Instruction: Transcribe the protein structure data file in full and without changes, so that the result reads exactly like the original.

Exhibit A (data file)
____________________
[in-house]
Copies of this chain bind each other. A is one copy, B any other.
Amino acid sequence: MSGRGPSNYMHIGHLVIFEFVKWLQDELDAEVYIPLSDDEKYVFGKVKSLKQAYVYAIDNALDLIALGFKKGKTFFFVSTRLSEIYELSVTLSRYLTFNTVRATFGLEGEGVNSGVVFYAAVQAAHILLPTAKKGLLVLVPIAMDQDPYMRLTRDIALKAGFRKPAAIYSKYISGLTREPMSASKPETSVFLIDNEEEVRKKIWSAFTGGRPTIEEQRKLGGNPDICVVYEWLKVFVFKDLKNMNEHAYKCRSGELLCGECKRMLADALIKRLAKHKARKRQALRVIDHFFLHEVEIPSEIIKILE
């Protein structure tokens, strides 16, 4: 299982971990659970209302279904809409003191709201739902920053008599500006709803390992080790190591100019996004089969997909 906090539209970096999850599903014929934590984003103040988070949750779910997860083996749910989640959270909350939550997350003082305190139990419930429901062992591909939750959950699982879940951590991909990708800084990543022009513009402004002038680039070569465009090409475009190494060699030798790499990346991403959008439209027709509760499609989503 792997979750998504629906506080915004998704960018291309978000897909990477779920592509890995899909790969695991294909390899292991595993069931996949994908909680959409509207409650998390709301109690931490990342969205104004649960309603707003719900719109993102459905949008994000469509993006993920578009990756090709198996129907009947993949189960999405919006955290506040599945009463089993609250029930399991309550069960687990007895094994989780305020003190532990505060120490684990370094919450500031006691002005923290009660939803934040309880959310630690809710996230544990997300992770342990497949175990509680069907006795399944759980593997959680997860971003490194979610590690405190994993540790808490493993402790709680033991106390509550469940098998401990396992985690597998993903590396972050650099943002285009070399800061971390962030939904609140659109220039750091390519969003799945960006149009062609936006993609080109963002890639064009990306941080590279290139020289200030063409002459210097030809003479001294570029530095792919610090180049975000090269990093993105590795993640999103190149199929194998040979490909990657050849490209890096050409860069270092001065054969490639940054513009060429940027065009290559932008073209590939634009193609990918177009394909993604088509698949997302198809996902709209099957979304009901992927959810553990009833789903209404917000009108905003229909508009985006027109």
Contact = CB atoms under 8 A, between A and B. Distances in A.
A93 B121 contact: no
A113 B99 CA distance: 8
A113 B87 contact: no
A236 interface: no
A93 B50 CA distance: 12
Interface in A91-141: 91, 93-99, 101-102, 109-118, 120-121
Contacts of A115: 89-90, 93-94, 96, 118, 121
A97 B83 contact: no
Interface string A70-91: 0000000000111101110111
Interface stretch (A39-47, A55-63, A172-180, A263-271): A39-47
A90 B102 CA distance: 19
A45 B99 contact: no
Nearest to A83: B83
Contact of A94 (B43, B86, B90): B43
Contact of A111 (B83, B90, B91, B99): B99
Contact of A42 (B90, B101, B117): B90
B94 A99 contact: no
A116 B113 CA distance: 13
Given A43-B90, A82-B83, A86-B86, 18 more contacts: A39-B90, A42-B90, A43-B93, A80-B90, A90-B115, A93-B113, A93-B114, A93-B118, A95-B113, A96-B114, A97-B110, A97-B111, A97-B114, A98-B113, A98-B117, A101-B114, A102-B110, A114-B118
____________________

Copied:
[in-house]
Copies of this chain bind each other. A is one copy, B any other.
Amino acid sequence: MSGRGPSNYMHIGHLVIFEFVKWLQDELDAEVYIPLSDDEKYVFGKVKSLKQAYVYAIDNALDLIALGFKKGKTFFFVSTRLSEIYELSVTLSRYLTFNTVRATFGLEGEGVNSGVVFYAAVQAAHILLPTAKKGLLVLVPIAMDQDPYMRLTRDIALKAGFRKPAAIYSKYISGLTREPMSASKPETSVFLIDNEEEVRKKIWSAFTGGRPTIEEQRKLGGNPDICVVYEWLKVFVFKDLKNMNEHAYKCRSGELLCGECKRMLADALIKRLAKHKARKRQALRVIDHFFLHEVEIPSEIIKILE
């Protein structure tokens, strides 16, 4: 299982971990659970209302279904809409003191709201739902920053008599500006709803390992080790190591100019996004089969997909 906090539209970096999850599903014929934590984003103040988070949750779910997860083996749910989640959270909350939550997350003082305190139990419930429901062992591909939750959950699982879940951590991909990708800084990543022009513009402004002038680039070569465009090409475009190494060699030798790499990346991403959008439209027709509760499609989503 792997979750998504629906506080915004998704960018291309978000897909990477779920592509890995899909790969695991294909390899292991595993069931996949994908909680959409509207409650998390709301109690931490990342969205104004649960309603707003719900719109993102459905949008994000469509993006993920578009990756090709198996129907009947993949189960999405919006955290506040599945009463089993609250029930399991309550069960687990007895094994989780305020003190532990505060120490684990370094919450500031006691002005923290009660939803934040309880959310630690809710996230544990997300992770342990497949175990509680069907006795399944759980593997959680997860971003490194979610590690405190994993540790808490493993402790709680033991106390509550469940098998401990396992985690597998993903590396972050650099943002285009070399800061971390962030939904609140659109220039750091390519969003799945960006149009062609936006993609080109963002890639064009990306941080590279290139020289200030063409002459210097030809003479001294570029530095792919610090180049975000090269990093993105590795993640999103190149199929194998040979490909990657050849490209890096050409860069270092001065054969490639940054513009060429940027065009290559932008073209590939634009193609990918177009394909993604088509698949997302198809996902709209099957979304009901992927959810553990009833789903209404917000009108905003229909508009985006027109």
Contact = CB atoms under 8 A, between A and B. Distances in A.
A93 B121 contact: no
A113 B99 CA distance: 8
A113 B87 contact: no
A236 interface: no
A93 B50 CA distance: 12
Interface in A91-141: 91, 93-99, 101-102, 109-118, 120-121
Contacts of A115: 89-90, 93-94, 96, 118, 121
A97 B83 contact: no
Interface string A70-91: 0000000000111101110111
Interface stretch (A39-47, A55-63, A172-180, A263-271): A39-47
A90 B102 CA distance: 19
A45 B99 contact: no
Nearest to A83: B83
Contact of A94 (B43, B86, B90): B43
Contact of A111 (B83, B90, B91, B99): B99
Contact of A42 (B90, B101, B117): B90
B94 A99 contact: no
A116 B113 CA distance: 13
Given A43-B90, A82-B83, A86-B86, 18 more contacts: A39-B90, A42-B90, A43-B93, A80-B90, A90-B115, A93-B113, A93-B114, A93-B118, A95-B113, A96-B114, A97-B110, A97-B111, A97-B114, A98-B113, A98-B117, A101-B114, A102-B110, A114-B118